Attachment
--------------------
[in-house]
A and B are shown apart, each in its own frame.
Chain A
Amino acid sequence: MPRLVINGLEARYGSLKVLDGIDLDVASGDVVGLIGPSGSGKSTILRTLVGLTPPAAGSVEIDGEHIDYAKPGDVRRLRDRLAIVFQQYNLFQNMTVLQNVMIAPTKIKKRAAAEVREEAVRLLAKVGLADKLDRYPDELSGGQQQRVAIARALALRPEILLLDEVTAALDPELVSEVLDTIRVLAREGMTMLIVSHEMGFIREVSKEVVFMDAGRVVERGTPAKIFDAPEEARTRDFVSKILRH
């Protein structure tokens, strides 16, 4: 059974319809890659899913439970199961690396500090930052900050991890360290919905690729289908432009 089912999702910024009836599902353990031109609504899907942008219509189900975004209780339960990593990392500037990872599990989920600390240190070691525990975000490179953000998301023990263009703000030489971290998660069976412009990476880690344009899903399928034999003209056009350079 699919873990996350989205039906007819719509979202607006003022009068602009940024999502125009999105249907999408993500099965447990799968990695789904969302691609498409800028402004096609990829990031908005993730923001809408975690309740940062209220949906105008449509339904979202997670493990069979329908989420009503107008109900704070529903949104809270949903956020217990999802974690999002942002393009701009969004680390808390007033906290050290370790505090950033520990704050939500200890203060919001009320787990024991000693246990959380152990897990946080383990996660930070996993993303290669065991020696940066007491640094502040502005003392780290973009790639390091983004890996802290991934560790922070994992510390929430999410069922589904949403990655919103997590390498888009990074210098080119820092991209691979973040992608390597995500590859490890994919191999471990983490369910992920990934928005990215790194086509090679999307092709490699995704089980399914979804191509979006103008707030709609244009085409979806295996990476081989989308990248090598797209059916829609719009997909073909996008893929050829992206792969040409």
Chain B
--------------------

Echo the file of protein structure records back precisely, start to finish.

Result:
[in-house]
A and B are shown apart, each in its own frame.
Chain A
Amino acid sequence: MPRLVINGLEARYGSLKVLDGIDLDVASGDVVGLIGPSGSGKSTILRTLVGLTPPAAGSVEIDGEHIDYAKPGDVRRLRDRLAIVFQQYNLFQNMTVLQNVMIAPTKIKKRAAAEVREEAVRLLAKVGLADKLDRYPDELSGGQQQRVAIARALALRPEILLLDEVTAALDPELVSEVLDTIRVLAREGMTMLIVSHEMGFIREVSKEVVFMDAGRVVERGTPAKIFDAPEEARTRDFVSKILRH
């Protein structure tokens, strides 16, 4: 059974319809890659899913439970199961690396500090930052900050991890360290919905690729289908432009 089912999702910024009836599902353990031109609504899907942008219509189900975004209780339960990593990392500037990872599990989920600390240190070691525990975000490179953000998301023990263009703000030489971290998660069976412009990476880690344009899903399928034999003209056009350079 699919873990996350989205039906007819719509979202607006003022009068602009940024999502125009999105249907999408993500099965447990799968990695789904969302691609498409800028402004096609990829990031908005993730923001809408975690309740940062209220949906105008449509339904979202997670493990069979329908989420009503107008109900704070529903949104809270949903956020217990999802974690999002942002393009701009969004680390808390007033906290050290370790505090950033520990704050939500200890203060919001009320787990024991000693246990959380152990897990946080383990996660930070996993993303290669065991020696940066007491640094502040502005003392780290973009790639390091983004890996802290991934560790922070994992510390929430999410069922589904949403990655919103997590390498888009990074210098080119820092991209691979973040992608390597995500590859490890994919191999471990983490369910992920990934928005990215790194086509090679999307092709490699995704089980399914979804191509979006103008707030709609244009085409979806295996990476081989989308990248090598797209059916829609719009997909073909996008893929050829992206792969040409």
Chain B